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professional liability insurance

Professional liability insurance—sometimes called malpractice insurance or errors and omissions insurance—is insurance that may be purchased by attorneys and law firms to pay the costs of defending legal malpractice claims, and the costs of settling such claims or paying the judgment awarded to a plaintiff on such a claim. Most states do not require attorneys to purchase professional liability insurance, but some states require attorneys who do not carry professional liability insurance to provide notice to their clients of that fact. Some states require attorneys to have their clients sign a written disclosure that the attorney does not have professional liability insurance.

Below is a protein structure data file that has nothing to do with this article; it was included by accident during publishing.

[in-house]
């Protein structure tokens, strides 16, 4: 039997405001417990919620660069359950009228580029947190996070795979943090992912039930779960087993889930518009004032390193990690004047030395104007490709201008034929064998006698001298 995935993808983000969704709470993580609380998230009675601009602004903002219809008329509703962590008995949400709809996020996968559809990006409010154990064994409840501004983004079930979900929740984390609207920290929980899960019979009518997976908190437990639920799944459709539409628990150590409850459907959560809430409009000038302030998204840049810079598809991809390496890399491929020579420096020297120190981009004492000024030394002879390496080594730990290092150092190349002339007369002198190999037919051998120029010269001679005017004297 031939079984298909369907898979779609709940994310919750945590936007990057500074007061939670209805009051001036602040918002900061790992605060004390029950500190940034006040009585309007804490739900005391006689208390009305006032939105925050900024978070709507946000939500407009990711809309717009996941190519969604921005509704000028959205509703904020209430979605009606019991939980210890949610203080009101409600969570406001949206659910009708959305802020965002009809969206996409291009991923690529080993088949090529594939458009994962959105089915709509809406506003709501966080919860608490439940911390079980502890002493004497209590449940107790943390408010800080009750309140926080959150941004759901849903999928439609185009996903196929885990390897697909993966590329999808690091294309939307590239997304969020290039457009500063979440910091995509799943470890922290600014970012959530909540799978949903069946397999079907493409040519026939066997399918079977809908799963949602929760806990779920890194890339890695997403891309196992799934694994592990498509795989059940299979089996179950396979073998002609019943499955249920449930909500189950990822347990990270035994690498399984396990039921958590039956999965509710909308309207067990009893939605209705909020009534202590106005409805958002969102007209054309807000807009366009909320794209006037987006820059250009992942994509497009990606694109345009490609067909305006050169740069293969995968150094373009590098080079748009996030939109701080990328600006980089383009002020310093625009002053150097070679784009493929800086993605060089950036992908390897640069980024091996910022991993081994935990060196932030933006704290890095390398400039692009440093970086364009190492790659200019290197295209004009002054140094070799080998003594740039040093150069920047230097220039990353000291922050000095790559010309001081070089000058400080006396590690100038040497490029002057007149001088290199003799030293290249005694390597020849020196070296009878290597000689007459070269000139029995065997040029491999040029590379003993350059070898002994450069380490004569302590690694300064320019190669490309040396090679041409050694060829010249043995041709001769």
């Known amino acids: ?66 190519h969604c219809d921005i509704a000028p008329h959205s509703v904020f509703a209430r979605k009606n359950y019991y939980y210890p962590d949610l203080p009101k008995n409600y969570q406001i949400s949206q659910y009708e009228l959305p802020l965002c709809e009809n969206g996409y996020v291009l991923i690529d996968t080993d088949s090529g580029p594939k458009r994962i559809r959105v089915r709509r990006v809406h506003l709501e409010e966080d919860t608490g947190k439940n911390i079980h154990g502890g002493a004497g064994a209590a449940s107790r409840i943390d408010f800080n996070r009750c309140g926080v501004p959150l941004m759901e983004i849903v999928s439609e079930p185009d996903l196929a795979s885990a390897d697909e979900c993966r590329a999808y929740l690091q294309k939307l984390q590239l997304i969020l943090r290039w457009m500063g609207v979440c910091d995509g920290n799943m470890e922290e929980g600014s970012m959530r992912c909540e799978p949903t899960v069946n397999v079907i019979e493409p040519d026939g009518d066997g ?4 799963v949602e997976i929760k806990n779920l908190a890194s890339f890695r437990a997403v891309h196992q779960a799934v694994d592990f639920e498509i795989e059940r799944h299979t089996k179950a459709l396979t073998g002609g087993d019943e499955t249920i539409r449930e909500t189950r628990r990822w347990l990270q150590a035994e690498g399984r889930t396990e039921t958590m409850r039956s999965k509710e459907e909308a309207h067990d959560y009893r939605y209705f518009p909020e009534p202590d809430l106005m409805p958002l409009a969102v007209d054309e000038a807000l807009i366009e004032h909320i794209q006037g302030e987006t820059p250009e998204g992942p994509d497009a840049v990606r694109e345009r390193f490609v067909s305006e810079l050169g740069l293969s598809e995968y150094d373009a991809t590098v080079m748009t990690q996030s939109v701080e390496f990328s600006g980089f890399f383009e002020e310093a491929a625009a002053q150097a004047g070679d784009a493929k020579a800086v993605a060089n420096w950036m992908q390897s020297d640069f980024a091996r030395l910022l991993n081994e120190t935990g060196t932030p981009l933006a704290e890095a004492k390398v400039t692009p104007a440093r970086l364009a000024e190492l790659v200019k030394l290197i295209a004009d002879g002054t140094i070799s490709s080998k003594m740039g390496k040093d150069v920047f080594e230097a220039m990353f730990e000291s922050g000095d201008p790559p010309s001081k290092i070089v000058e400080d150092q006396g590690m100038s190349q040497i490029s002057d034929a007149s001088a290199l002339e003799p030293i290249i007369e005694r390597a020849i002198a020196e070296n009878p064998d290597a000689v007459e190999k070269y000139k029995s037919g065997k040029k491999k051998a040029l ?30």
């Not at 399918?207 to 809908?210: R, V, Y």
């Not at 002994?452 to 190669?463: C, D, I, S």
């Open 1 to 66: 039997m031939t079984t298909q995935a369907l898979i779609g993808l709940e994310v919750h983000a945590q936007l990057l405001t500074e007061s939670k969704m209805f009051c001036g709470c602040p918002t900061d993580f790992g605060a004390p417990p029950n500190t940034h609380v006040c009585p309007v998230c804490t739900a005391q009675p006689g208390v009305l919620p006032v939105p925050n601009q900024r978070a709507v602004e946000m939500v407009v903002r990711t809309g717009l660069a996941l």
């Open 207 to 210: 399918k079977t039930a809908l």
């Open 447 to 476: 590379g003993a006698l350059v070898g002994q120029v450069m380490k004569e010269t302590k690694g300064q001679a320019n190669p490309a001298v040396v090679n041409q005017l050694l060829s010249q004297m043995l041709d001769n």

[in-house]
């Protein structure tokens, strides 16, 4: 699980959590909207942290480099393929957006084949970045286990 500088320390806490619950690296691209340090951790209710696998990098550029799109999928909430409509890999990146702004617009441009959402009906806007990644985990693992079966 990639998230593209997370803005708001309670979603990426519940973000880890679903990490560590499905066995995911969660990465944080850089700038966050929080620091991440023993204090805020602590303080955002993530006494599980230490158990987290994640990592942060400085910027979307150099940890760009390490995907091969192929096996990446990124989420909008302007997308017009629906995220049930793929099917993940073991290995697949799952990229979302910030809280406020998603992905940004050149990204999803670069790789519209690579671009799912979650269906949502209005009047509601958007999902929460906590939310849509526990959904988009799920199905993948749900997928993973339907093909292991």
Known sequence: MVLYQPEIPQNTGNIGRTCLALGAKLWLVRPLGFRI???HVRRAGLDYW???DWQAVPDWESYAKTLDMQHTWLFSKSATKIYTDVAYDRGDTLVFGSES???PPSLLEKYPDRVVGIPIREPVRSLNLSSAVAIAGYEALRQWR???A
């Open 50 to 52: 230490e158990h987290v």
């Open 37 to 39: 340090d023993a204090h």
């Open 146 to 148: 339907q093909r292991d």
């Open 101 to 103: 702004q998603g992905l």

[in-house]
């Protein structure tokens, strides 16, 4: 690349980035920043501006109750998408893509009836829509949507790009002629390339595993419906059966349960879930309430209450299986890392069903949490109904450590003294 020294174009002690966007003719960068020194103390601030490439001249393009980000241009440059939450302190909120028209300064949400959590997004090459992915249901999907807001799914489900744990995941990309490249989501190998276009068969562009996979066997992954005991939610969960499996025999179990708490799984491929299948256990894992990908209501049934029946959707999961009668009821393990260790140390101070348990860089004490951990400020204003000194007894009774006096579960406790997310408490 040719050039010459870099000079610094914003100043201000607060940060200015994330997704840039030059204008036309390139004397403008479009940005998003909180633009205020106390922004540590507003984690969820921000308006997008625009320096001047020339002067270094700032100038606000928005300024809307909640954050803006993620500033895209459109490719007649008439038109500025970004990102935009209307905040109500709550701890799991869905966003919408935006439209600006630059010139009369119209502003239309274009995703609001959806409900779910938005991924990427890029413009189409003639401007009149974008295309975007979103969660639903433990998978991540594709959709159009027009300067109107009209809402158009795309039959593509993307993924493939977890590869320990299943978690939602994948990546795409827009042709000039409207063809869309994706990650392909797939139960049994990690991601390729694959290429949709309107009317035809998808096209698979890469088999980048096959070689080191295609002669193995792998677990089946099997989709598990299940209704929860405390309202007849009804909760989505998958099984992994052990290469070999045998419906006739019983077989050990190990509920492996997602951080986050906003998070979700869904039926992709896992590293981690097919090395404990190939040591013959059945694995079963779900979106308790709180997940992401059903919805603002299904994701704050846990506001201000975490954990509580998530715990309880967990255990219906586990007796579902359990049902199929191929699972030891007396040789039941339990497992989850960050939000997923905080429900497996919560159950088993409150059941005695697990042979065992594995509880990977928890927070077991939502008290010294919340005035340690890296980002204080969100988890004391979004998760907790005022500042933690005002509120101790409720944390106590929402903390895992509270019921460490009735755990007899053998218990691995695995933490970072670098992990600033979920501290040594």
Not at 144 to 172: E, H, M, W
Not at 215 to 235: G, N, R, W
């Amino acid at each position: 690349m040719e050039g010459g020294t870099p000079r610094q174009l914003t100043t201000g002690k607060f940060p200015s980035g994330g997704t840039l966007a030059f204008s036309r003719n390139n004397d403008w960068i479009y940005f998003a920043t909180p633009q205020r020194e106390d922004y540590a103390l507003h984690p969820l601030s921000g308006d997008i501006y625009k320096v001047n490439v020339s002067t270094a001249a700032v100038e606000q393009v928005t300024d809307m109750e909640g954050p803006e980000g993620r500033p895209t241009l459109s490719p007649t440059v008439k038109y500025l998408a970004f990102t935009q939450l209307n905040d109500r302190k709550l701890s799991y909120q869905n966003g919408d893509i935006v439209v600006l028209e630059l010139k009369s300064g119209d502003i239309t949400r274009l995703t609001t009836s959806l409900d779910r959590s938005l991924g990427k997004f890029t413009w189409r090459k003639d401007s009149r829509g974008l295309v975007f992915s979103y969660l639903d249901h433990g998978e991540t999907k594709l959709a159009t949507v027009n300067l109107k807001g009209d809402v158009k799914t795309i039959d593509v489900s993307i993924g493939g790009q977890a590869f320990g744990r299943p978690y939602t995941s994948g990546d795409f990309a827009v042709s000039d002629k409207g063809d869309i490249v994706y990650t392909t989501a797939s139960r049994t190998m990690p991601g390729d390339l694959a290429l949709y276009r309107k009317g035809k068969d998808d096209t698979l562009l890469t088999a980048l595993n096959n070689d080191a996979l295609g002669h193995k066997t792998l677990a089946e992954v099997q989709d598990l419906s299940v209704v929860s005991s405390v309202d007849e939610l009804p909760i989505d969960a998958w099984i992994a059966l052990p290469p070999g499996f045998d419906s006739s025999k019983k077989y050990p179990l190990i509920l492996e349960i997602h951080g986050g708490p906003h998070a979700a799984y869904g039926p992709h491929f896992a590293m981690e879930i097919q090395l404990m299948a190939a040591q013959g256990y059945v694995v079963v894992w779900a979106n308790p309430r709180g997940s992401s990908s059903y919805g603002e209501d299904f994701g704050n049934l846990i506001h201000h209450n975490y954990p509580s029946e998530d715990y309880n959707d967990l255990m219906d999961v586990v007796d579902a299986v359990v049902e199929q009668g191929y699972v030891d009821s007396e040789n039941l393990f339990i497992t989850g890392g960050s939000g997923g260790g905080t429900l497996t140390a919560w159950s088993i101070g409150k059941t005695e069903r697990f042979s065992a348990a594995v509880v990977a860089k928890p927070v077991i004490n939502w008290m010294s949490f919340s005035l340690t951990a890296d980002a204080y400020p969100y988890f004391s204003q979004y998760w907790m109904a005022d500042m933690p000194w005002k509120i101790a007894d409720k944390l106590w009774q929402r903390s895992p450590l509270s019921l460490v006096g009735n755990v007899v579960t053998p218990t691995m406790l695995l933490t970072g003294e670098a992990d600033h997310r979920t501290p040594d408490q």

In Texas, attorneys are not mandated by state law to carry professional liability insurance, commonly known as malpractice insurance or errors and omissions insurance. However, the Texas Rules of Professional Conduct require attorneys who do not have professional liability insurance to inform their clients of this lack of coverage in writing if they do not maintain such insurance in amounts of at least $100,000 per occurrence and $300,000 in the aggregate, per year. This disclosure must be made at the time of the client's engagement of the attorney, and the attorney must obtain a signed acknowledgment from the client. Failure to comply with these disclosure requirements can result in disciplinary action by the State Bar of Texas. It is important for clients to be aware of their attorney's insurance status, as it may affect their decision to engage with a particular attorney or law firm.

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